Today, the Joint Economic Committee (“JEC”) held a hearing entitled, “Too Big Too Fail or Too Big to Save?: Examining the Systemic Threats of Large Financial Institutions.” The hearing focused on the criteria that legislators and regulators should use to determine the point at which financial institutions pose systemic risks and how regulators should handle these institutions upon failure. In her opening statements, Committee Chairman, Carolyn Maloney noted that allowing large financial institutions to fail could create a “significant threat to the financial system,” but cautioned that “unconditional support for large failing firms can be just as dangerous.” She also stated that “[i]mplicit guarantees give firms incentives to take bigger risks. Allowing firms to escape the consequences of bad business decisions could prompt even riskier behavior.” She concluded her remarks by stating that the federal regulators lack the authority to conduct an “orderly unwinding of large financial institutions,” but expressed her confidence that Congress could work with the Obama Administration to provide regulators with better tools to prevent and handle future crises.
Testifying before the Committee were:
- Simon Johnson, Ronald A. Kurtz Professor of Entrepreneurship, MIT
- Joseph Stiglitz, Nobel Prize recipient 2001; Professor, Columbia University
- Thomas H. Hoenig, President, Federal Reserve Bank of Kansas City
In his remarks, Mr. Johnson articulated his belief that “a network of connections and ideology give the financial sector a veto over public policy.” To counter this, he suggested breaking up “oversized institutions” that have a “disproportionate influence on public policy.” To accomplish this he offered the following solutions: (i) bank recapitalization; (ii) forcing new private equity owners of banks to break them up; and (iii) delaying or deterring the emergence of a “new oligarchy” by placing further regulations of behavior, such as placing caps on executive compensation for all banks receiving any government assistance.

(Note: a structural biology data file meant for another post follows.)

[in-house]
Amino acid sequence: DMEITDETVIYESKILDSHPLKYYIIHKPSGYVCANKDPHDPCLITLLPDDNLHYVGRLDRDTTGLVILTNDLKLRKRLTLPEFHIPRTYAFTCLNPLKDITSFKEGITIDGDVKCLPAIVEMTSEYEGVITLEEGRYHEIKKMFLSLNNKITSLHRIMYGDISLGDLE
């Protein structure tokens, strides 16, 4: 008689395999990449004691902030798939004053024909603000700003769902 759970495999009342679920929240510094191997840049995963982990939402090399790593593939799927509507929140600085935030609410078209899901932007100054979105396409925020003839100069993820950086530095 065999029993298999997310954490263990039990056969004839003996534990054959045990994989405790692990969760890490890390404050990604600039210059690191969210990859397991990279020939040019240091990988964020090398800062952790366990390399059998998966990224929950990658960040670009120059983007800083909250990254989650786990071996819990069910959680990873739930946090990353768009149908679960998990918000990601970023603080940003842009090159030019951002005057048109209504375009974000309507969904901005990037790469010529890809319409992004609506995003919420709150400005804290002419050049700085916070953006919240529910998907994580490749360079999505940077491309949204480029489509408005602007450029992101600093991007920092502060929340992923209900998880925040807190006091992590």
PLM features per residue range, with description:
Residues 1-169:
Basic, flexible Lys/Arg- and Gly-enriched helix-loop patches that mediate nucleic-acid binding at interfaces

Mr. Stiglitz stated that some institutions have “grow[n] too big to fail – or, at the very least, very expensive to save. Some of them have demonstrated that they are too large to be managed.” Echoing Mr. Johnson, Mr. Stiglitz also suggested breaking up institutions and imposing more stringent regulations. Recognizing that the process of breaking up these institutions may be slow, he suggested that any new regulations should place strong restrictions on institutions that engage in risky activities. For example, he suggested: (i) that no institution should be allowed to have any off-balance sheet activities; (ii) employee incentive structures that encourage excessive risk taking and short sighted behavior should be prohibited; (iii) use of credit default swaps should be limited to exchange traded transactions and other situations where there is an “insurable risk” and (iv) there should be limits of permitted leverage and more stringent capital adequacy standards.
Mr. Hoenig expressed the view that some banks should be allowed to fail. Specifically, he suggested employing more frequently the process used to handle the 1984 failure of Continental Illinois, which at the time was one of the largest financial institutions to fail. When applying this process, at failure, instead of arranging for the sale of the failed bank’s assets to another institution through a purchase and assumption agreement, large institutions should be temporarily operated as a conservatorship or a bridge organization and then re-privatized “as quickly as is economically feasible.” He further added that, “[w]e cannot simply add more capital without a change in the firm’s ownership and management and expect different outcomes in the future.”